You’ve got to hand it to the lawyers on this one. In spite of pretty much everyone’s stance on good health, fracking companies don’t have to disclose what’s getting into the water.
Aside from being linked to earthquakes, which are becoming more frequent in areas that have never had them before, fracking is also linked to water contamination. Thanks to the slurry of sand and chemicals that gets pumped into the ground as part of the hydraulic fracturing process, groundwater near these rural sites, which residents have relied on for clean drinking water for generations, is now a public health hazard.
Granted, many fracking sites have not suffered from earthquakes and groundwater contamination, but could it be that the contamination can’t be detected because residents and regulators don’t know what to look for? That’s the case being faced by residents of Wyoming, the first state to require full disclosure of the chemicals being used in the fracking process. If residents and regulators know what to look for, then they can keep watch on their water supplies and avoid chemical contamination from fracking sites.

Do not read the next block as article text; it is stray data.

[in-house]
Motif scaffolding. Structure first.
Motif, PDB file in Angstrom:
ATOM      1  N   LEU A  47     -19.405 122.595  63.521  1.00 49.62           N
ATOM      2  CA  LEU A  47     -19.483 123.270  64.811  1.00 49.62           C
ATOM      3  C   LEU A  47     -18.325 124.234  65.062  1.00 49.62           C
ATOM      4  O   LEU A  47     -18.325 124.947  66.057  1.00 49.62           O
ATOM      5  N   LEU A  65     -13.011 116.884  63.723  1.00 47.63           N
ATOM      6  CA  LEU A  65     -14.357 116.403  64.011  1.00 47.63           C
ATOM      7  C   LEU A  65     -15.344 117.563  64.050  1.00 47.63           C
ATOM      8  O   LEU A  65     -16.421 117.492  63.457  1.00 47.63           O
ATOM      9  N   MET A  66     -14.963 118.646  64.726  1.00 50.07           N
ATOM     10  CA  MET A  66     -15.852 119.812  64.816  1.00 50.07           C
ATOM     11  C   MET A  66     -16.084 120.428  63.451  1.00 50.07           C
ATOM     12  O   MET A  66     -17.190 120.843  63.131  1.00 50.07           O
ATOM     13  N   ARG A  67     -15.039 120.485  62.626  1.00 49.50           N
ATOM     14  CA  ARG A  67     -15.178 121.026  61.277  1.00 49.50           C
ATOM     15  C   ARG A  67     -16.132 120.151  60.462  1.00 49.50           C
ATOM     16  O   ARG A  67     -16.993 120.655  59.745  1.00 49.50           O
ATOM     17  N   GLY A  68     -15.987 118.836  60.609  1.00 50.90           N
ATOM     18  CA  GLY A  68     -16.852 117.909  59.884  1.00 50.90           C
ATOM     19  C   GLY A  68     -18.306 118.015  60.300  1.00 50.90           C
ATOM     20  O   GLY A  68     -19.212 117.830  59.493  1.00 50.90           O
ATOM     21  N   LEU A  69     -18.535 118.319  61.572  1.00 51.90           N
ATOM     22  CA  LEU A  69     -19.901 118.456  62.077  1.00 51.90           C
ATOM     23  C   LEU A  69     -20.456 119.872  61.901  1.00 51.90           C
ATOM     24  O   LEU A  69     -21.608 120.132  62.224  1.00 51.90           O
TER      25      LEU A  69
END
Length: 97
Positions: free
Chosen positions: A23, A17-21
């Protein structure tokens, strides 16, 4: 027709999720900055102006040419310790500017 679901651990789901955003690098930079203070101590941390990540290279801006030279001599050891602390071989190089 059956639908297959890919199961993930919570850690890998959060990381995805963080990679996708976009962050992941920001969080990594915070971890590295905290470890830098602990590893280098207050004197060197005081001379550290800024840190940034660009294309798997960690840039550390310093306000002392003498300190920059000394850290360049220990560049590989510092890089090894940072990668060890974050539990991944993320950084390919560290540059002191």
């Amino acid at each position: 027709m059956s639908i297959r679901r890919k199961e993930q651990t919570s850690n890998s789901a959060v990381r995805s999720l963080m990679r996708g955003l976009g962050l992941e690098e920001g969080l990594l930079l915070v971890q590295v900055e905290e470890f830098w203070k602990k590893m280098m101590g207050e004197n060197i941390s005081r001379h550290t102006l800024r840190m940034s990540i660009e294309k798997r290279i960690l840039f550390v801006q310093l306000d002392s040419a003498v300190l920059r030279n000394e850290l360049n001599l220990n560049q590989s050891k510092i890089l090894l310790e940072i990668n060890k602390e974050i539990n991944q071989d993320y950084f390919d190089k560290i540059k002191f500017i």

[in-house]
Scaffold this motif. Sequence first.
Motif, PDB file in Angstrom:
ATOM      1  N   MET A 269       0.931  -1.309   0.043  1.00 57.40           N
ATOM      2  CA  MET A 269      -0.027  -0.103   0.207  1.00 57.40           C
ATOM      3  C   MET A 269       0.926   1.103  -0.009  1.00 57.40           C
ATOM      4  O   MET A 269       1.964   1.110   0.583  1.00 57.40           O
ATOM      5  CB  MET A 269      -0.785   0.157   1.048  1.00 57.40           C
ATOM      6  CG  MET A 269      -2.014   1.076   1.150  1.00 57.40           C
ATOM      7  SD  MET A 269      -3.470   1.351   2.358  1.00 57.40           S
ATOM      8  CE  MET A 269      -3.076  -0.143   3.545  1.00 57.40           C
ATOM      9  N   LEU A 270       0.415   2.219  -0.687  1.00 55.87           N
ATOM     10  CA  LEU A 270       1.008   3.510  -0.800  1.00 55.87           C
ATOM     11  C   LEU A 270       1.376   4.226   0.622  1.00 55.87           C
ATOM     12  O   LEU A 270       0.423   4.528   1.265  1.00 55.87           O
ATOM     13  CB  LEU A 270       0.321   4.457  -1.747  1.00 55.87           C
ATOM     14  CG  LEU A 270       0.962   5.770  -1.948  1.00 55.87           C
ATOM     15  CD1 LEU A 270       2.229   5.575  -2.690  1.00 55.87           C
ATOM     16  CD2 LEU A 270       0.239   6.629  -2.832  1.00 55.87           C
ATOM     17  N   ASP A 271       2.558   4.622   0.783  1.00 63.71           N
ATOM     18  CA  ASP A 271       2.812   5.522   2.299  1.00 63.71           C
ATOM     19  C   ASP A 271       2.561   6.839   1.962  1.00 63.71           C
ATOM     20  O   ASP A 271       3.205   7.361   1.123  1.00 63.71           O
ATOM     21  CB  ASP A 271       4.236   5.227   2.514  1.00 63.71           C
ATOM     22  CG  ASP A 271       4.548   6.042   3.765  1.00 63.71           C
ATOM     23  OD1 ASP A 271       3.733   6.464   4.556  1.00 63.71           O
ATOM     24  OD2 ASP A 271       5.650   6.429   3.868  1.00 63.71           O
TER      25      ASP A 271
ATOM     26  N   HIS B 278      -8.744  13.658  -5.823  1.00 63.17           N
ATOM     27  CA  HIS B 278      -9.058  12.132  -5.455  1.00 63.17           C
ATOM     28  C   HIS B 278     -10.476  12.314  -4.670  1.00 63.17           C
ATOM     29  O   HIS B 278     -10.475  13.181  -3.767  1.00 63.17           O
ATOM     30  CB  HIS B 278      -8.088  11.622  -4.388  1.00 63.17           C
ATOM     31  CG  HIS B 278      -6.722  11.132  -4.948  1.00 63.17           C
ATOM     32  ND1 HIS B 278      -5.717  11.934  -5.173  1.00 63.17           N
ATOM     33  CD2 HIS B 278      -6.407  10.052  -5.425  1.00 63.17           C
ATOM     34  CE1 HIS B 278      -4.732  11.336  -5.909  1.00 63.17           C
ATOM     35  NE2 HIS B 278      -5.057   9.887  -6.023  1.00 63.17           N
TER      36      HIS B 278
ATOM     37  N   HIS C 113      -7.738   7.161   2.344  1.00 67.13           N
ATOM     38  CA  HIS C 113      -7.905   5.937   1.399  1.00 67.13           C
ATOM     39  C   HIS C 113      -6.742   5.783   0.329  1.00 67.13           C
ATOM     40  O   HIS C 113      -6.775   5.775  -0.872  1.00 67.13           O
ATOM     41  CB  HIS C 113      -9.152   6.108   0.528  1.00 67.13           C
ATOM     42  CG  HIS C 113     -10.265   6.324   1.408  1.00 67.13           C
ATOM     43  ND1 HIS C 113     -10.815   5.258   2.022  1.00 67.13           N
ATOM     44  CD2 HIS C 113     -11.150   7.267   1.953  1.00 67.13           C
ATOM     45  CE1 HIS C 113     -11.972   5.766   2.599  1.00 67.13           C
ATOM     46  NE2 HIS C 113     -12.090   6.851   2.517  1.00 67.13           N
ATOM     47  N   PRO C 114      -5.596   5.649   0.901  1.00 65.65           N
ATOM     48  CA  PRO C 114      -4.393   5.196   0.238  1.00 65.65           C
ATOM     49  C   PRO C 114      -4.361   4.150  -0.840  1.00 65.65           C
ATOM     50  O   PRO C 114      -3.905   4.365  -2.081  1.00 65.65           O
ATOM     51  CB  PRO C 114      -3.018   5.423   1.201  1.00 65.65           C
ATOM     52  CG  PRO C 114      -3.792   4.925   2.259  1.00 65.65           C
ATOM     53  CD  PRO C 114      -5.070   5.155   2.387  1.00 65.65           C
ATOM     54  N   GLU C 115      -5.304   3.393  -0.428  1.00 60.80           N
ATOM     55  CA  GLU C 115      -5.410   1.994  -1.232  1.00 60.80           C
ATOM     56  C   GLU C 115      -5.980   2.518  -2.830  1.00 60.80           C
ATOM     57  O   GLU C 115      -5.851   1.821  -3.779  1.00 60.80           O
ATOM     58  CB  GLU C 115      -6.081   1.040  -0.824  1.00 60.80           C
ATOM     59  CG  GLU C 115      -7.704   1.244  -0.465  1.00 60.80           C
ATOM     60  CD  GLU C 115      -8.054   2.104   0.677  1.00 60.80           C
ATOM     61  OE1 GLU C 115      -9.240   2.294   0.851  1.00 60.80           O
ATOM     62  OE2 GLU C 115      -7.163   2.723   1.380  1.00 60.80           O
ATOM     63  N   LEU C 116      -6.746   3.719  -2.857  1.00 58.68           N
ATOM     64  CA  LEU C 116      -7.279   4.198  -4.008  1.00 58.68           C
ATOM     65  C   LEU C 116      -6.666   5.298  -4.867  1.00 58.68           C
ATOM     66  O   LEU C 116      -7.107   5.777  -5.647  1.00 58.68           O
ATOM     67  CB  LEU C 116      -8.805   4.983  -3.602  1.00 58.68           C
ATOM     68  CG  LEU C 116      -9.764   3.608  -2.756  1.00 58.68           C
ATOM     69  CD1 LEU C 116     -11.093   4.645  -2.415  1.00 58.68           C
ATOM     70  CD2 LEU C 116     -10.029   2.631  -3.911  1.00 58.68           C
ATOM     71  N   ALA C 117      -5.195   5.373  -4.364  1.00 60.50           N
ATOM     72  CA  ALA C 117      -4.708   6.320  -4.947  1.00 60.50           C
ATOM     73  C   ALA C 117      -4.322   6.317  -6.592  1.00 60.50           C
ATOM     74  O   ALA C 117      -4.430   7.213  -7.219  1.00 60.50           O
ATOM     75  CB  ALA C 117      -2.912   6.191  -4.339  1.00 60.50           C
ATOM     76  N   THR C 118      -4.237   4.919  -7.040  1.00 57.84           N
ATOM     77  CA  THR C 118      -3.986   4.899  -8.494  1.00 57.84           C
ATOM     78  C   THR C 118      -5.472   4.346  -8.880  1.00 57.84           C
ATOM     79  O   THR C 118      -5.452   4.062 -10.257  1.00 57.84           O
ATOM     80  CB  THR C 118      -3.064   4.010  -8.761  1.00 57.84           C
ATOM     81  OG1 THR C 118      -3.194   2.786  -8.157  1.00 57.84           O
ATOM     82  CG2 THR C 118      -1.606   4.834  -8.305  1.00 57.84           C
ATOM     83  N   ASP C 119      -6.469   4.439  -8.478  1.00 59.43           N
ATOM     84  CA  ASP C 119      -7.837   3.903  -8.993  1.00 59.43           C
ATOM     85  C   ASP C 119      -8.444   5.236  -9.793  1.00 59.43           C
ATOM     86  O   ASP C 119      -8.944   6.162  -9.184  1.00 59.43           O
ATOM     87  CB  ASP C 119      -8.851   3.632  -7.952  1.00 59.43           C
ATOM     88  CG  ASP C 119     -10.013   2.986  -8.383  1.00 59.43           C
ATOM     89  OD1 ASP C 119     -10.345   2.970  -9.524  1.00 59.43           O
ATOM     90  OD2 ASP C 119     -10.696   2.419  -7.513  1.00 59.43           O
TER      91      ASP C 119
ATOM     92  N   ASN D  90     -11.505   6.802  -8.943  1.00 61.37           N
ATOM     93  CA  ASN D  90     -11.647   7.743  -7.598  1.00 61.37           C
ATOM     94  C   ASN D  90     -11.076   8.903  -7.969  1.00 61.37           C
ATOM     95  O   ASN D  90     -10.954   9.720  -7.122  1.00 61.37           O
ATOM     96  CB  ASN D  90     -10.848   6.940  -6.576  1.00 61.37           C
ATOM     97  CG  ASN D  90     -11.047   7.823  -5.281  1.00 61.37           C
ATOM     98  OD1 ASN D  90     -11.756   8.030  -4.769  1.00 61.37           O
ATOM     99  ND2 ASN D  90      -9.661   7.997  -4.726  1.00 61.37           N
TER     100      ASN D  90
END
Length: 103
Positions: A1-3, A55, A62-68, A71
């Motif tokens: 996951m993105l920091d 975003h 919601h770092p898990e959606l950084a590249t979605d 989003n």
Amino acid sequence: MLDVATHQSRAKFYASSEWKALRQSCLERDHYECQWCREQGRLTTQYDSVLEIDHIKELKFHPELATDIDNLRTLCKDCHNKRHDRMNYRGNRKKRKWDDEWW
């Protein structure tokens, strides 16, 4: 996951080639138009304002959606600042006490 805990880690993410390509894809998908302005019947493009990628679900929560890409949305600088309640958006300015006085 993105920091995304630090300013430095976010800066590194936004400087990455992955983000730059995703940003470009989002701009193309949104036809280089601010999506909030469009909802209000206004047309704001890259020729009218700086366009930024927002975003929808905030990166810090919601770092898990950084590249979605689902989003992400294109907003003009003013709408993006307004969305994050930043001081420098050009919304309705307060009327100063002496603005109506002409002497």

This might seem like a basic human right, to know what some fracking company is putting into your groundwater, and Wyoming seems to agree, at least the Wyoming Supreme Court (WSC). A lower court, on the other hand, has ruled that fracking chemical ingredients are shielded from disclosure because they are company secrets. Will the WSC overturn the ruling? For the sake of Wyoming residents, and anyone located near a fracking site, I should certainly hope that lawmakers will stand on the side of the resident, not on the side of big business.
Wyoming Lower Court Judge, Right Corner Pocket (of the Fracking Companies)
Image © FreeDigitalPhotos.net